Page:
4. Before the negotiation: come up with the mathematical formula that will value your company. A very simple mathematical formula that both sides agree on even before you look at the numbers. For instance, we will value ourselves at 6 times forward earnings assuming you throw the weight of your customers behind us. If they say no, you can say , “ok, half that!” And they will probably say yes. Or, with theStockpickr.com/ street.com deal we assumed how much more traffic we would get with their full weight behind us, assumed we would get their CPM on our ad inventory and cut in half their market multiple so it would be an immediately accretive deal. Once we agreed to that it was a matter of figuring out (and this is where the real negotiation took place) what their real CPM was and how much traffic they would drive.

Many companies that sell to a Google or Yahoo just use market comps. That’s fine also. But agree in advance what the comps are and what the multiples are. Because then you can always argue that your better than the last company that sold for X because of A, B, and C and that will allow you to negotiate for more.

5. During the negotiation: its not all about the number you get. Once you agree on a number, and their board agrees to buy you, they will close the deal. Now the key is to list as many things as possible that you need: salary, options, options for employees, when lockup ends, office, transportation, other expenses, responsibilities, earnouts, etc. You want to have as big a list as possible. A bigger list than their list. Larry Brilliant, former head of Google’s charity efforts and former CEO of Softnet, once told me “this is the way you can give up the nickels to get the dimes”. Or maybe he said it the other way around. Either way, you get more than you initially negotiated for.

6. After the Negotiation: this is the painful part. The deal is done. But it’s not done. You’re working for them. But you’re not yet working for them. At any moment the deal can unravel. Whatever you do, just shut up as much as possible and make sure your lawyer is making progress every day. This has been the most painful part of my life in every deal. Make sure your due diligence package is all set in every possible way by the time you sign the binding Letter of Intent so that that can’t be an excuse for any company to back out. One company once tried to loan me money in between the Letter of Intent and the day the deal closed. NO WAY! Another company wanted me to sign a six year employment agreement. NO WAY! Make sure it’s very clear how you can eventually sell your stock if it’s a stock deal. You don’t want permission from the CEO or you’re never going to be able to sell your stock. There are so many things that can go wrong here it’s almost worth another article but suffice to say make sure you have a good lawyer and make sure you know even more than your lawyer, which is not an easy task.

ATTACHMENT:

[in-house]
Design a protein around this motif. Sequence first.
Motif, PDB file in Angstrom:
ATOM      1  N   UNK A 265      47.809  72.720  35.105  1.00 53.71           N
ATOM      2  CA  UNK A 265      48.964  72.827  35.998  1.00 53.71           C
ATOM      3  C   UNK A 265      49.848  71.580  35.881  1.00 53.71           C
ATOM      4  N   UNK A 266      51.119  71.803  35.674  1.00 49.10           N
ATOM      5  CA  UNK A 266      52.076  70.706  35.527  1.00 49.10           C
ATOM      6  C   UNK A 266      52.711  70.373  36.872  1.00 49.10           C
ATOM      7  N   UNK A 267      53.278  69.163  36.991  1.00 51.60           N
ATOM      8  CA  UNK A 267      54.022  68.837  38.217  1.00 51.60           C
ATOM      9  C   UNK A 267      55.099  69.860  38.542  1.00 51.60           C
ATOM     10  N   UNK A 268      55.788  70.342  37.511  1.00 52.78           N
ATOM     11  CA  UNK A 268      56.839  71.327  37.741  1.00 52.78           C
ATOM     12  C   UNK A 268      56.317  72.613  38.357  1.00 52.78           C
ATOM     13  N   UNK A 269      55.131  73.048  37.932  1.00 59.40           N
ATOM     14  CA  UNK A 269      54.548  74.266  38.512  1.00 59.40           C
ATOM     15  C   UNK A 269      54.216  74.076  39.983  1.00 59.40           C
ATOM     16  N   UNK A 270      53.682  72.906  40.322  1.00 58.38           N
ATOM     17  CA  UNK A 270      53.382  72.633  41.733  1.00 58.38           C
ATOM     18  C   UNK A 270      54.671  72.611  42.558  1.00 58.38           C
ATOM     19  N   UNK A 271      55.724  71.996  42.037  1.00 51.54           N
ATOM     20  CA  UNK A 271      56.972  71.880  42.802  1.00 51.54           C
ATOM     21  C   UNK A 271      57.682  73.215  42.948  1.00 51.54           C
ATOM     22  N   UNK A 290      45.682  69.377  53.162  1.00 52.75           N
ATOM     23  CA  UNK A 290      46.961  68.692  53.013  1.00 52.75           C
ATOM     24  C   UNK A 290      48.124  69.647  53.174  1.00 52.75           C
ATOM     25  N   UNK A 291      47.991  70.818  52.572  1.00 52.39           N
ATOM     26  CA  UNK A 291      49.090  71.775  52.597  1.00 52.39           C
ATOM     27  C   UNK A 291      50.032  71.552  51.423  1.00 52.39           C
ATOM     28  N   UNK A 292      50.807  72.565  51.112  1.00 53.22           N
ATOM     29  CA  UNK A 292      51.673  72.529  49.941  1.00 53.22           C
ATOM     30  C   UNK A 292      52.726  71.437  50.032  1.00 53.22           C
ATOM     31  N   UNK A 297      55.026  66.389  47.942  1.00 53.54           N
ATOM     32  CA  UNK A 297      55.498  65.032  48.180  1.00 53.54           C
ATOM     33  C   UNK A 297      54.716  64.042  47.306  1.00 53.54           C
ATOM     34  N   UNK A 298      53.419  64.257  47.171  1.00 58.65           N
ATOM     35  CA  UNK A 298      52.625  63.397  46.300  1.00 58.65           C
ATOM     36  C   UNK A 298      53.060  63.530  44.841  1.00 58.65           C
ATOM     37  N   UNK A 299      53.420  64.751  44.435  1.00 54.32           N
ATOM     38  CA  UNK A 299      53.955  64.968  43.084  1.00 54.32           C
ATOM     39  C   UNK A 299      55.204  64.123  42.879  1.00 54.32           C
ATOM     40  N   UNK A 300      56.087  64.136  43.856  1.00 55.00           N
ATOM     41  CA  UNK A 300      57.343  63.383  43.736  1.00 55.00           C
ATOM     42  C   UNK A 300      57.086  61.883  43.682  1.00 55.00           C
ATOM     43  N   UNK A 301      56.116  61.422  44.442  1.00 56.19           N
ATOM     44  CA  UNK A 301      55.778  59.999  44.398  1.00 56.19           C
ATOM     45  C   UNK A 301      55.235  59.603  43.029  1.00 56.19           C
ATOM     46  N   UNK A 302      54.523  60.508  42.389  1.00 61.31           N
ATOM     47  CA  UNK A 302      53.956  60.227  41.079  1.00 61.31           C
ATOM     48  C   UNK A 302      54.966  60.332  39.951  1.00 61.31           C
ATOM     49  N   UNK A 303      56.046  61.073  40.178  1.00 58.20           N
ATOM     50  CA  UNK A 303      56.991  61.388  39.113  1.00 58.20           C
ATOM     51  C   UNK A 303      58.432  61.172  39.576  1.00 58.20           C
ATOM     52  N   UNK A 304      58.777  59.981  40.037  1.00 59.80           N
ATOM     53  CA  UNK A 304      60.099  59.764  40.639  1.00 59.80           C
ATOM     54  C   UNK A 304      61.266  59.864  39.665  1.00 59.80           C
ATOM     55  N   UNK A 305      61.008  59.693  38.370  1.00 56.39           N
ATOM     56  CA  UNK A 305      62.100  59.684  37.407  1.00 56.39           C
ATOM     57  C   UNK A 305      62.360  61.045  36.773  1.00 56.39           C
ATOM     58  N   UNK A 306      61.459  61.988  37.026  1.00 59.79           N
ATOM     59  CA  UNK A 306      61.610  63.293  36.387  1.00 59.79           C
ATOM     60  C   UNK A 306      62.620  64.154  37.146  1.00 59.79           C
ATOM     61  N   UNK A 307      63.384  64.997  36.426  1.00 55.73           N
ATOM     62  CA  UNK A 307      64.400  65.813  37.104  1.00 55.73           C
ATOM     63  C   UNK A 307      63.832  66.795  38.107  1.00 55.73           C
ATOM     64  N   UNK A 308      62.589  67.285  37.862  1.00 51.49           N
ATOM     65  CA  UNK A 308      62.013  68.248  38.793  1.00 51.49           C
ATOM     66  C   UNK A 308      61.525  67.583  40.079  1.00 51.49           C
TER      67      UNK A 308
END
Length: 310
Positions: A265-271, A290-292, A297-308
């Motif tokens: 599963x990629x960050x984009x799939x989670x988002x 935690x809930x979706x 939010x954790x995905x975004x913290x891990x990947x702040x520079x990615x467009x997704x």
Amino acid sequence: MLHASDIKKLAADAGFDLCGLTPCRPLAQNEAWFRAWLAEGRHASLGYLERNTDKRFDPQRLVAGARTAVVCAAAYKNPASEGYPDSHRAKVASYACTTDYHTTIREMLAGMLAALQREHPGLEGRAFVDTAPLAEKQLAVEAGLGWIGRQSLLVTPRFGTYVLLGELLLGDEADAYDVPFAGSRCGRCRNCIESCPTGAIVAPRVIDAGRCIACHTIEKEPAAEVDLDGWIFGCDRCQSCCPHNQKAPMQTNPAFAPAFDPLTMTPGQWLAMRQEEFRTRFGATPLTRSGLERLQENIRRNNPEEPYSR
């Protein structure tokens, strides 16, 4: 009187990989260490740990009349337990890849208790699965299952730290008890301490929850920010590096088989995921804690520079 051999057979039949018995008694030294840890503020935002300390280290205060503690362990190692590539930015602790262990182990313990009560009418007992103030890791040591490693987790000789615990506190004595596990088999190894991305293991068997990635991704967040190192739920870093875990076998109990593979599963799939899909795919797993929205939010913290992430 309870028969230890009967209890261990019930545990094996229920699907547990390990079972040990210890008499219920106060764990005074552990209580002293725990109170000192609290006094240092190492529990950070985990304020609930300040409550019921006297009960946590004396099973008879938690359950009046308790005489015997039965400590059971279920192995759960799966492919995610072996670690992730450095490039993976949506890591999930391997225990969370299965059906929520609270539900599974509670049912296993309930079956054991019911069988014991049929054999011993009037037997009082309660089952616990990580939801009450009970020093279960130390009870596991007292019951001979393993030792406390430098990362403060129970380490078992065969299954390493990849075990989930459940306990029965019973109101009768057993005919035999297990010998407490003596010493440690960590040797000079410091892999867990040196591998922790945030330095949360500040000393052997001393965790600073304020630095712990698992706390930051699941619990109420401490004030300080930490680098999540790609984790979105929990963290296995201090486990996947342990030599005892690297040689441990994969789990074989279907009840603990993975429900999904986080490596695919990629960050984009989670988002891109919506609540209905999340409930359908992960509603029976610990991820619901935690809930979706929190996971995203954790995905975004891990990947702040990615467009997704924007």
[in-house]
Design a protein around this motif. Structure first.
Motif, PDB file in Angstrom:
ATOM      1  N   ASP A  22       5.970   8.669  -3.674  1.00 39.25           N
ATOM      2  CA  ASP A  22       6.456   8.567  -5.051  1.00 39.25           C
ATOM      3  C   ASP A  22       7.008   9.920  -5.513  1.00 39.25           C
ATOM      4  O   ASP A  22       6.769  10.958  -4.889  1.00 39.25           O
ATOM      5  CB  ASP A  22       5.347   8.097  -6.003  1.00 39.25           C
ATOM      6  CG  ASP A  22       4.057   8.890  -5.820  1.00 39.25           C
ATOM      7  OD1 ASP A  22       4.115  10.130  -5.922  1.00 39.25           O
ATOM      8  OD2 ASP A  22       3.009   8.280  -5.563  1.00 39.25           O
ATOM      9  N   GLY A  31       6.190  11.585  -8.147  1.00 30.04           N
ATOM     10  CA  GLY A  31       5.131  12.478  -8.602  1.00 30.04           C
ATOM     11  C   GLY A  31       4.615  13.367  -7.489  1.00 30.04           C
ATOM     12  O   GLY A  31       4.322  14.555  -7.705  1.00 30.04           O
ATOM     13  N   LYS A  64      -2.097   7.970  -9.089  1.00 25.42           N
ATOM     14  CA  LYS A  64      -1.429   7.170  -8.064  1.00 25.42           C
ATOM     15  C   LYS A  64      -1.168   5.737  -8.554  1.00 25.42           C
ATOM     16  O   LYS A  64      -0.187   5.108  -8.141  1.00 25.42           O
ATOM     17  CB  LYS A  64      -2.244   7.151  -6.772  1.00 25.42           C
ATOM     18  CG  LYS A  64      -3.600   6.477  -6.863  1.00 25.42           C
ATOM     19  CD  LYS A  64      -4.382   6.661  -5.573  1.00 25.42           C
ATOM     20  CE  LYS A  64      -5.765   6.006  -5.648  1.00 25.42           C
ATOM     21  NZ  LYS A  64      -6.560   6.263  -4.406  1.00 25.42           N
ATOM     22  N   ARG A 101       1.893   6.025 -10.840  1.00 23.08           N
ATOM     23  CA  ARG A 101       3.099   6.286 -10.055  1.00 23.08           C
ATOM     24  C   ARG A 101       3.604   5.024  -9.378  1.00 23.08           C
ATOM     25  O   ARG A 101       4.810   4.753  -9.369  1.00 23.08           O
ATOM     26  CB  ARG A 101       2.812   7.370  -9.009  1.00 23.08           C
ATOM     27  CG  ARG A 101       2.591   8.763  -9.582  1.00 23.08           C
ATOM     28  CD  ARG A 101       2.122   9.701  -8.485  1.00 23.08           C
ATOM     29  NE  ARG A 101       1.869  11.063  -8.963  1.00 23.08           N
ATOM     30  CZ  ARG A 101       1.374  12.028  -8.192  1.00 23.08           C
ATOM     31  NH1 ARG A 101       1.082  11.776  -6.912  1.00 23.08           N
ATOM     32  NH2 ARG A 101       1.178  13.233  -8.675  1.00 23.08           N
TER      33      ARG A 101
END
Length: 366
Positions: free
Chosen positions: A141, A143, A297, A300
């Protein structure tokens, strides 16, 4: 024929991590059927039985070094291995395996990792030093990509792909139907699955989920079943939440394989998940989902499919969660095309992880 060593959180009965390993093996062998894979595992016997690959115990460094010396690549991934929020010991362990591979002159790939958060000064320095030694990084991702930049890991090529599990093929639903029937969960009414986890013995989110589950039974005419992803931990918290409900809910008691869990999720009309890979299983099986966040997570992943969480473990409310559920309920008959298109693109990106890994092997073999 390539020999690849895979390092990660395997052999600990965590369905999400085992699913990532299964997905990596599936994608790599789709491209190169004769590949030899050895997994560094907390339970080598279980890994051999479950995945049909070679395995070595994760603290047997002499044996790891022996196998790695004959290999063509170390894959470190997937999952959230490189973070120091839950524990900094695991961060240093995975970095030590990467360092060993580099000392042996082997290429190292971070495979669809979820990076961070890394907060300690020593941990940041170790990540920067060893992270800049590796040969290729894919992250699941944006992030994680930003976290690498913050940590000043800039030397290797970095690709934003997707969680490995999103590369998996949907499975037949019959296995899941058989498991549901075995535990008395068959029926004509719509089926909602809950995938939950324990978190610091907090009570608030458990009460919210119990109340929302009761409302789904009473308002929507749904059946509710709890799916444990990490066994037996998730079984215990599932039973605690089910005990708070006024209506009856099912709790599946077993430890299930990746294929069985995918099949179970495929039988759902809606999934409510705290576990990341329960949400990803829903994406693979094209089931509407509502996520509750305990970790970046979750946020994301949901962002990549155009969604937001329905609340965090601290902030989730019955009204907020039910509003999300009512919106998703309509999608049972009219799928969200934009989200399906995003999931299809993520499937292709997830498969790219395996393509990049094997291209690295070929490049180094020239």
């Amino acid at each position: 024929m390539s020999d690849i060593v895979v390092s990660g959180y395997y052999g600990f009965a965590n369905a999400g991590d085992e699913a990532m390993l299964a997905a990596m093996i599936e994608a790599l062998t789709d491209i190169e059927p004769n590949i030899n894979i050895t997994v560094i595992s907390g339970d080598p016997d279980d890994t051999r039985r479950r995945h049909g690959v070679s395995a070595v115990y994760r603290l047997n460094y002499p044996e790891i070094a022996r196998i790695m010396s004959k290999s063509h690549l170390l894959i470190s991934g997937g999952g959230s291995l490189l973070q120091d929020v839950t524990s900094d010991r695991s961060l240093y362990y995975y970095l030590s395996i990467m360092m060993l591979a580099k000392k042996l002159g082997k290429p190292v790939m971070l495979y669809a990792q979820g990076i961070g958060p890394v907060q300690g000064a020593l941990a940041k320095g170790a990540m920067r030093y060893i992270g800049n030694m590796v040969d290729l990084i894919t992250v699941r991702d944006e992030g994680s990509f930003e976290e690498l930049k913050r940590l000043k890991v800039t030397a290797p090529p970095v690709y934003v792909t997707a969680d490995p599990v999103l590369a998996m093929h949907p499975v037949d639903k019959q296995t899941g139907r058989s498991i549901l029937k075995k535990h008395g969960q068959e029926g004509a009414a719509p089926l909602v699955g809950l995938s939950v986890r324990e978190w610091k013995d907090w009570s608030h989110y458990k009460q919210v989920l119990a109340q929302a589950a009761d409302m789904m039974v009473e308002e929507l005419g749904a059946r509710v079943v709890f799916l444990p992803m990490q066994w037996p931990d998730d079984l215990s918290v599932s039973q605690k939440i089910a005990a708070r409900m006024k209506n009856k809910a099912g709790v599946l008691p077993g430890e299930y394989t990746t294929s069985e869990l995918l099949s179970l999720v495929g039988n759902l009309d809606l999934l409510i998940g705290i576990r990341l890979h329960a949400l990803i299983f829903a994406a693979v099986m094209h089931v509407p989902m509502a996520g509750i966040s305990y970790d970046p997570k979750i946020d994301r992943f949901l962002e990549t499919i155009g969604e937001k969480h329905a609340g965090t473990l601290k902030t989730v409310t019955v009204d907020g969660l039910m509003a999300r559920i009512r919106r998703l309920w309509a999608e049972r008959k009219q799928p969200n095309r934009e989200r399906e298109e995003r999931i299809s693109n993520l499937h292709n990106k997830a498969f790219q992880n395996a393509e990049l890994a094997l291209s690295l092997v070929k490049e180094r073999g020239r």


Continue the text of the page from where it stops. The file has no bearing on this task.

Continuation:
Also, most important, keep building your business after the deal is agreed upon but not closed. Keep building more and more strategic relationships. You essentially want to send the equivalent of a press release every week to the company buying you, showing how great you are doing and how you are talking with other companies about strategic deals (that can easily turn into acquisitions if they back down).

7. Show up. Once you start talking to any company about any strategic whatever (but before the deal is agreed upon), then help them in any way you can. Give them advice how to make their site better even if it involves introducing them to your competitors. Get the CEO a girlfriend/boyfriend. Take them to a baseball game. Go out to dinner. Go on vacations with the families. Call your media contacts to get them favorable stories. Perform magic tricks at their favorite charities. Be their psychologist at four in the morning. Pitch them other business ideas you can do once you are on board. I’ve done all this and more in every acquisition I’ve been involved in.

8. Keep building your business.  What if you are just at the beginning stages? My best techniques for building up:

These methods alone will get you customers and get you in position to sell.

9.  Most Important: Don’t Fail. The ultimate key to selling is to stay in the game. Here are the 9 easiest ways to fail at your business.  Avoid them.

Let’s say you signed the deal and now you’re waiting the month or so it takes the lawyers to dot all the i’s and cross all the t’s. There’s going to come a point where you get incredibly stressed and paranoid. This is a law of the universe. Not a theory. Here’s what you need to do: go to the nearest firing range. Get a rifle. Get as many bullets as you need. And keep aiming for the center of the target until you are too tired to even move.